Before we go on, we all know there IS such a thing as the "No Tax Pledge," but until last night as I was writing this, I had never actually read it.
Here is the operational section of the pledge as signed by hundreds of candidates for the U.S. House and U.S. Senate: I pledge that I will …
"ONE, oppose any and all efforts to increase the marginal income tax rates for individuals and/or businesses; and
"TWO, oppose any net reduction or elimination of deductions and credits, unless matched dollar for dollar by further reducing tax rates."
Grover, whom I've known for maybe 30 years, has been the bulwark against income tax increases to pay for higher spending by the Federal government. He has been steadfast and unwavering in his belief that The Pledge will prevent Congress (or state legislatures) from increasing income taxes on working Americans to pay for campaign promises made by legislators at all levels.
According to the Washington Post, Sen. Graham came out in favor of Section I of The Pledge, but was backing off Section II. Graham said,
"I agree with Grover - we shouldn't raise rates - but I think Grover is wrong when it comes to we can't cap deductions and buy down debt."
In an interview on Face the Nation in August, Bob Schieffer asked Norquist whether getting rid of tax preferences, exemptions, deductions and the like was allowed under The Pledge.
Grover responded that he was for that sort of cleansing of the tax code "as long as you decrease marginal tax rates at the same time … so it is revenue neutral."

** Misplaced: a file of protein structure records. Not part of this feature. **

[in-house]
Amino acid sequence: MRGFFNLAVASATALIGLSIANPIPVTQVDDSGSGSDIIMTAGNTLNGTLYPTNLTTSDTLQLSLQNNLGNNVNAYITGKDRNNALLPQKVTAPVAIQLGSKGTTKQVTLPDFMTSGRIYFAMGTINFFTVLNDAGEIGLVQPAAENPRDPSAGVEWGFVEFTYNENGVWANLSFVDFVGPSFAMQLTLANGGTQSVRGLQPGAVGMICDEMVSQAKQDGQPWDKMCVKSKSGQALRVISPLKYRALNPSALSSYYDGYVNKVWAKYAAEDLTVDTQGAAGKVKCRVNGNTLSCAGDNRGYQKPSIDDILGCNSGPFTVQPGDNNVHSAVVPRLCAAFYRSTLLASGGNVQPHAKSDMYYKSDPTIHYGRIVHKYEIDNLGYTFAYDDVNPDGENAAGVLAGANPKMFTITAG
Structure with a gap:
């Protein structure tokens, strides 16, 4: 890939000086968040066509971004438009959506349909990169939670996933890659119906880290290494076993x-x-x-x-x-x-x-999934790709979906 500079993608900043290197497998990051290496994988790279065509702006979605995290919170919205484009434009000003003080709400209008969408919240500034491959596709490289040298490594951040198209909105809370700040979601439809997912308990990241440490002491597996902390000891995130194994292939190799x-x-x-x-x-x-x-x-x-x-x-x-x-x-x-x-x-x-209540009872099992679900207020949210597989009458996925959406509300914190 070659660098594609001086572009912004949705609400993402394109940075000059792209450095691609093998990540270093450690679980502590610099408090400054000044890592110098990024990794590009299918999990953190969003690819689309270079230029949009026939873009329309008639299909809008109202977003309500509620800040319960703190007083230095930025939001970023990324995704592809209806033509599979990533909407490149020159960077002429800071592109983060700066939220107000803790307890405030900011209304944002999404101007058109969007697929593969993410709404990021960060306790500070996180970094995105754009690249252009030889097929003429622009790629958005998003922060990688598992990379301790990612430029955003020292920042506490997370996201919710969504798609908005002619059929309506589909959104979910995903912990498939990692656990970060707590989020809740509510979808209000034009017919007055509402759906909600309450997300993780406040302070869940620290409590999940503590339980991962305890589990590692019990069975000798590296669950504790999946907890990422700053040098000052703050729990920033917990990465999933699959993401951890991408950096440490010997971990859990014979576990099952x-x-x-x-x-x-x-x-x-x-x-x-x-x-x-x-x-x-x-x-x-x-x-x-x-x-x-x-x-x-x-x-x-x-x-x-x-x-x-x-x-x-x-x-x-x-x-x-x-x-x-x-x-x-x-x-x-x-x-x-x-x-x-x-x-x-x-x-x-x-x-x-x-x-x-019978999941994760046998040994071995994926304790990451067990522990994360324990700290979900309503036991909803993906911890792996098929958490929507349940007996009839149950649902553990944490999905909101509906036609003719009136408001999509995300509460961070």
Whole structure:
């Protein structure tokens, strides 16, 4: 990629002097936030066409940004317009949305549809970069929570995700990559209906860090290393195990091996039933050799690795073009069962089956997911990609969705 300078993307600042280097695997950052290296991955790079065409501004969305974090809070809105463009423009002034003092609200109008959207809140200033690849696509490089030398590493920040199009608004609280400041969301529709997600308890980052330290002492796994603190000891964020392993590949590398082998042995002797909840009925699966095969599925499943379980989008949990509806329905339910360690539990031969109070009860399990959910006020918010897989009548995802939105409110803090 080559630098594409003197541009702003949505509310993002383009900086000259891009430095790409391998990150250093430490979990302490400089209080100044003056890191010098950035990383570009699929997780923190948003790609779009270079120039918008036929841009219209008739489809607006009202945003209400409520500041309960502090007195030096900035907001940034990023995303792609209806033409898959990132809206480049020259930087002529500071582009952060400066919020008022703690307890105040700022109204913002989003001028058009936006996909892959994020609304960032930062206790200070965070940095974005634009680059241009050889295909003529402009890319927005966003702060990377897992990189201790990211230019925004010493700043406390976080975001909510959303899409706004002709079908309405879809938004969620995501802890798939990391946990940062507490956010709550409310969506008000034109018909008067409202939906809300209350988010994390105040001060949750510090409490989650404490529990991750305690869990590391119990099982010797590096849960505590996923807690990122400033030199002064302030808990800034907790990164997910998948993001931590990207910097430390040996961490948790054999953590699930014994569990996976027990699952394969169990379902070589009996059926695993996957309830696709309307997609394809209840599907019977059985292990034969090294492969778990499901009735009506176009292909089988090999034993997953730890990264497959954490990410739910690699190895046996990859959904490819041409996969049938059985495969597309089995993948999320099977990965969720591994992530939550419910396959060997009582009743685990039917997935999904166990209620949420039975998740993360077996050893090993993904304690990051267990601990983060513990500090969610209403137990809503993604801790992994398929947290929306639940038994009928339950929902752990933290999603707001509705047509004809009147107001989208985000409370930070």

It's that "revenue neutral" language which may be heading over the Fiscal Cliff. On Thursday of last week, Sen. Chambliss said in an interview with a Georgia TV station that he didn't feel bound by a pledge he signed 20 years ago.
"Times have changed significantly, and I care more about this country than I do a 20-year-old pledge."
New York Congressman Peter King said on Meet the Press yesterday that he agreed with Sen. Chambliss:
"A pledge you signed 20 years ago, 18 years ago, is for that Congress. … The world has changed, and the economic situation is different."
According to Fox News, King "said he was opposed to tax increases but that 'everything should be on the table' when President Obama, House Speaker John Boehner and Senate Majority Leader Harry Reid try to broker a deal."
King said he wouldn't prejudge such a deal and "we should not be taking ironclad positions."